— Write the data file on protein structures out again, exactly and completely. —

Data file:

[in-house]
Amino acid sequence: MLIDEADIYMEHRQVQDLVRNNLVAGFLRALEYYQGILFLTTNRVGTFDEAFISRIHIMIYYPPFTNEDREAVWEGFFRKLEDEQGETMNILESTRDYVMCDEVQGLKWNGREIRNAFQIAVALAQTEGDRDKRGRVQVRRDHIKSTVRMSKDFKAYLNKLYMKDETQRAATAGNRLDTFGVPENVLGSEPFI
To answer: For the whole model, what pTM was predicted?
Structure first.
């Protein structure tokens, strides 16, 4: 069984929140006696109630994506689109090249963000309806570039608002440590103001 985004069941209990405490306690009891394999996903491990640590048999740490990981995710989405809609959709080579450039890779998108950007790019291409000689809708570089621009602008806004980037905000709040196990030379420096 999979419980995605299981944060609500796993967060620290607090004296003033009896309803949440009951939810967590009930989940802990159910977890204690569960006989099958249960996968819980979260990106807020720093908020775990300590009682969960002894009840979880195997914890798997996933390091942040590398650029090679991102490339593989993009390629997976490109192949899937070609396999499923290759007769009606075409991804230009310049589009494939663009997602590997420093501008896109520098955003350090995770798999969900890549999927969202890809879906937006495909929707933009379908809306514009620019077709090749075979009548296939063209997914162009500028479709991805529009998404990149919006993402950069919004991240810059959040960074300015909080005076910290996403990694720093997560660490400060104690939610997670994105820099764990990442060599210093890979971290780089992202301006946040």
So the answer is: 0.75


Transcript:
[in-house]
Amino acid sequence: MLIDEADIYMEHRQVQDLVRNNLVAGFLRALEYYQGILFLTTNRVGTFDEAFISRIHIMIYYPPFTNEDREAVWEGFFRKLEDEQGETMNILESTRDYVMCDEVQGLKWNGREIRNAFQIAVALAQTEGDRDKRGRVQVRRDHIKSTVRMSKDFKAYLNKLYMKDETQRAATAGNRLDTFGVPENVLGSEPFI
To answer: For the whole model, what pTM was predicted?
Structure first.
């Protein structure tokens, strides 16, 4: 069984929140006696109630994506689109090249963000309806570039608002440590103001 985004069941209990405490306690009891394999996903491990640590048999740490990981995710989405809609959709080579450039890779998108950007790019291409000689809708570089621009602008806004980037905000709040196990030379420096 999979419980995605299981944060609500796993967060620290607090004296003033009896309803949440009951939810967590009930989940802990159910977890204690569960006989099958249960996968819980979260990106807020720093908020775990300590009682969960002894009840979880195997914890798997996933390091942040590398650029090679991102490339593989993009390629997976490109192949899937070609396999499923290759007769009606075409991804230009310049589009494939663009997602590997420093501008896109520098955003350090995770798999969900890549999927969202890809879906937006495909929707933009379908809306514009620019077709090749075979009548296939063209997914162009500028479709991805529009998404990149919006993402950069919004991240810059959040960074300015909080005076910290996403990694720093997560660490400060104690939610997670994105820099764990990442060599210093890979971290780089992202301006946040």
So the answer is: 0.75